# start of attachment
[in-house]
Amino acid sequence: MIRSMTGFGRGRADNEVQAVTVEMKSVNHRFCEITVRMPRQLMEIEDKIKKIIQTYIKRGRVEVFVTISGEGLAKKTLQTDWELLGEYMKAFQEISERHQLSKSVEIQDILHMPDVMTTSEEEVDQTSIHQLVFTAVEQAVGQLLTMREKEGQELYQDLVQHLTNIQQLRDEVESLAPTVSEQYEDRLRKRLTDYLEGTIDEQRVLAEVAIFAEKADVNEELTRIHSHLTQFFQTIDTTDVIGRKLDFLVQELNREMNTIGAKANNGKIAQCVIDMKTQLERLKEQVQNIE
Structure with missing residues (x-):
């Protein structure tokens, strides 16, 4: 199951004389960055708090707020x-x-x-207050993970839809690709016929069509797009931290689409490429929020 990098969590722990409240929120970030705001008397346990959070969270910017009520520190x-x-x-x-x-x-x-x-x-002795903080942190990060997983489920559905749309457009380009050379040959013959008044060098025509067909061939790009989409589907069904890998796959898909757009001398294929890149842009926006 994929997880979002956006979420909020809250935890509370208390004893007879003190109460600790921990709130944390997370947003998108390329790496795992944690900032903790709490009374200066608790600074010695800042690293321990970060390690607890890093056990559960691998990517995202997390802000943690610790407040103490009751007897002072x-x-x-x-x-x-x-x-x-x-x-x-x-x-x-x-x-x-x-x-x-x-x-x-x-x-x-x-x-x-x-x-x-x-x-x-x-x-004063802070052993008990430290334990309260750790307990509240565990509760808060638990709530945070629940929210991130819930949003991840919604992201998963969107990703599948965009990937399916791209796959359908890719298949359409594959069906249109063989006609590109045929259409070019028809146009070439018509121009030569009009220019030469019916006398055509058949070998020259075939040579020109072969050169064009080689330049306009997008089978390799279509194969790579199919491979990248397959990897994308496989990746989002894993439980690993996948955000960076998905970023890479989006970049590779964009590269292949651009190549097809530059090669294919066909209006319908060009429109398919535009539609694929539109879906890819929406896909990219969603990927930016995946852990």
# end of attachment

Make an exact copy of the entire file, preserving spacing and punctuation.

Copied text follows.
[in-house]
Amino acid sequence: MIRSMTGFGRGRADNEVQAVTVEMKSVNHRFCEITVRMPRQLMEIEDKIKKIIQTYIKRGRVEVFVTISGEGLAKKTLQTDWELLGEYMKAFQEISERHQLSKSVEIQDILHMPDVMTTSEEEVDQTSIHQLVFTAVEQAVGQLLTMREKEGQELYQDLVQHLTNIQQLRDEVESLAPTVSEQYEDRLRKRLTDYLEGTIDEQRVLAEVAIFAEKADVNEELTRIHSHLTQFFQTIDTTDVIGRKLDFLVQELNREMNTIGAKANNGKIAQCVIDMKTQLERLKEQVQNIE
Structure with missing residues (x-):
């Protein structure tokens, strides 16, 4: 199951004389960055708090707020x-x-x-207050993970839809690709016929069509797009931290689409490429929020 990098969590722990409240929120970030705001008397346990959070969270910017009520520190x-x-x-x-x-x-x-x-x-002795903080942190990060997983489920559905749309457009380009050379040959013959008044060098025509067909061939790009989409589907069904890998796959898909757009001398294929890149842009926006 994929997880979002956006979420909020809250935890509370208390004893007879003190109460600790921990709130944390997370947003998108390329790496795992944690900032903790709490009374200066608790600074010695800042690293321990970060390690607890890093056990559960691998990517995202997390802000943690610790407040103490009751007897002072x-x-x-x-x-x-x-x-x-x-x-x-x-x-x-x-x-x-x-x-x-x-x-x-x-x-x-x-x-x-x-x-x-x-x-x-x-x-004063802070052993008990430290334990309260750790307990509240565990509760808060638990709530945070629940929210991130819930949003991840919604992201998963969107990703599948965009990937399916791209796959359908890719298949359409594959069906249109063989006609590109045929259409070019028809146009070439018509121009030569009009220019030469019916006398055509058949070998020259075939040579020109072969050169064009080689330049306009997008089978390799279509194969790579199919491979990248397959990897994308496989990746989002894993439980690993996948955000960076998905970023890479989006970049590779964009590269292949651009190549097809530059090669294919066909209006319908060009429109398919535009539609694929539109879906890819929406896909990219969603990927930016995946852990």